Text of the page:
My friend is urging me to say the Rosary but I find it very difficult to concentrate. Aren’t these devotions optional? Should persevere with it?
It is true that outside the sacred Liturgy, we are left free to pray in different ways. However the Rosary does have the recommendation of Our Lady herself at Lourdes, Fatima and on many other occasions, and has been encouraged by the saints and most of the Popes of the past 500 years. Therefore I would encourage you to persevere.
The Rosary combines both vocal and mental prayer. At times, we might focus on the words of the Our Father, Hail Mary, and Glory be, repeated lovingly as to a dear friend. We are also invited to ponder the great events of Our Lord’s life, death and resurrection, raising our minds and hearts to God in praise and thanksgiving, and drawing new resolve for our Christian lives. Both the vocal prayers and the mysteries on which we meditate, draw us directly to Christ. Our Lady does not ask for attention for her own sake but for the sake of her Son. In any kind of prayer we are prone to distractions. The Rosary can make these more obvious, leading us to try (though always in tranquillity of soul) to resist them, to bring our cares to Jesus, and to turn our attention gently away from ourselves and back to Him.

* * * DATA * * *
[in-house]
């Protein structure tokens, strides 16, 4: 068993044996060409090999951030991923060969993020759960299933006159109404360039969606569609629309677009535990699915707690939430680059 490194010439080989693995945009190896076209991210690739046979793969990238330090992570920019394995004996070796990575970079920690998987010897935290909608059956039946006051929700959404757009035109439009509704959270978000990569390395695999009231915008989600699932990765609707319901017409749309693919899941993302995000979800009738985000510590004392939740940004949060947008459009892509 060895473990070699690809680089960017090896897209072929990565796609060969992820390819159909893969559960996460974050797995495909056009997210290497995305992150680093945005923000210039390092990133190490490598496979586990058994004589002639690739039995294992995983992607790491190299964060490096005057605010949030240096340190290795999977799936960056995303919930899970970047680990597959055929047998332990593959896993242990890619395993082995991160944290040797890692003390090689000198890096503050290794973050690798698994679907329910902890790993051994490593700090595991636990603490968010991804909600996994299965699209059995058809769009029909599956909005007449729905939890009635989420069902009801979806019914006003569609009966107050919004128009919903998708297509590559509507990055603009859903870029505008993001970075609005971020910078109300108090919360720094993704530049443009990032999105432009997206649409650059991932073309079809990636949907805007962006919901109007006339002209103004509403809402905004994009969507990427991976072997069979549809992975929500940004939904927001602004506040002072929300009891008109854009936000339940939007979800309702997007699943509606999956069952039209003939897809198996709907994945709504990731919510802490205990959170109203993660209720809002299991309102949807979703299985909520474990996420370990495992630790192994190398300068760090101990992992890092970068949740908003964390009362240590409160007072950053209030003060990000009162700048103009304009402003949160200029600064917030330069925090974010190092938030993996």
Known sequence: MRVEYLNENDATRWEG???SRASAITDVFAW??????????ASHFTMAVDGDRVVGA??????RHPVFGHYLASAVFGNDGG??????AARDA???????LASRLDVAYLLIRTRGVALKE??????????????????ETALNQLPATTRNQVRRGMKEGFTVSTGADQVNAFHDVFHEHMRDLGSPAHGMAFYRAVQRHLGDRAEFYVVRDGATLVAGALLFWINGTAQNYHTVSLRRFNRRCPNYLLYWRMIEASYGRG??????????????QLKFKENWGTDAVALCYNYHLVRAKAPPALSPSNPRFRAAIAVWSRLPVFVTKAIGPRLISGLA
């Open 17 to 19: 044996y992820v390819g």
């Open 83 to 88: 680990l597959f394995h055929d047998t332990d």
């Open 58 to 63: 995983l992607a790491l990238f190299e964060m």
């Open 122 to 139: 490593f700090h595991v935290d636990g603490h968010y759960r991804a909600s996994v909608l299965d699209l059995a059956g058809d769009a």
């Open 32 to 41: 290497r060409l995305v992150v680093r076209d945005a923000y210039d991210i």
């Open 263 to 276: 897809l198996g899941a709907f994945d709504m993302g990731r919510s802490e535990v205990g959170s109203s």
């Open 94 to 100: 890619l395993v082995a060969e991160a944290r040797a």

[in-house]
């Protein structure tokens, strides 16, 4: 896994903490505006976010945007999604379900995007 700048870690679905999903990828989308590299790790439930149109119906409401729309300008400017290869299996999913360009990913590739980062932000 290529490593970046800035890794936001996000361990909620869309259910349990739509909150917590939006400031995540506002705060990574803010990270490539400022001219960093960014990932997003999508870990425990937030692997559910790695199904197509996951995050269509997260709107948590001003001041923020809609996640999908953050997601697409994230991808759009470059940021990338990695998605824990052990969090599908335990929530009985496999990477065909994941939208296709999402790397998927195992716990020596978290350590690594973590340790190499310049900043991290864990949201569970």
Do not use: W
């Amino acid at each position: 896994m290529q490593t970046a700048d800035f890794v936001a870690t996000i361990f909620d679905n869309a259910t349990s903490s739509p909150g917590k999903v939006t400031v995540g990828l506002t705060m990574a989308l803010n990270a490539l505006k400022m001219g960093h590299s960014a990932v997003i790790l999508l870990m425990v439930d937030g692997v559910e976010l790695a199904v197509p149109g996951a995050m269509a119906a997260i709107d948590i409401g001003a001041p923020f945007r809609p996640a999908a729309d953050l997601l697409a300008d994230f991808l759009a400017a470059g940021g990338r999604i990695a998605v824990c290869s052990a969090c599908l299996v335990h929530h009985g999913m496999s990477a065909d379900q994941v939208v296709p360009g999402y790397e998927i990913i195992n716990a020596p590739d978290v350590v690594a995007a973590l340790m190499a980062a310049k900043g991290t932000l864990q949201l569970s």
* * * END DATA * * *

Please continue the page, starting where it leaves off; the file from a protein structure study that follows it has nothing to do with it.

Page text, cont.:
In 1959, Blessed John XXIII wrote an encyclical letter (Grata Recordatio) to the Bishops of the world. He began by speaking of the Rosary, and in the context of this call to prayer, spoke of his hope for the future, his prayer for rulers, and the danger of secularism and materialism. He closed by asking the Bishops of the world to recite the Rosary during October with particular devotion and to ask Our Lady to pray that the “forthcoming Ecumenical Council” would add “wondrous growth to the universal Church.” On the 50th anniversary of the Council, we could recall this intention of Blessed John XXIII, and ask that the Church might experience such a wondrous growth through the Year of Faith.
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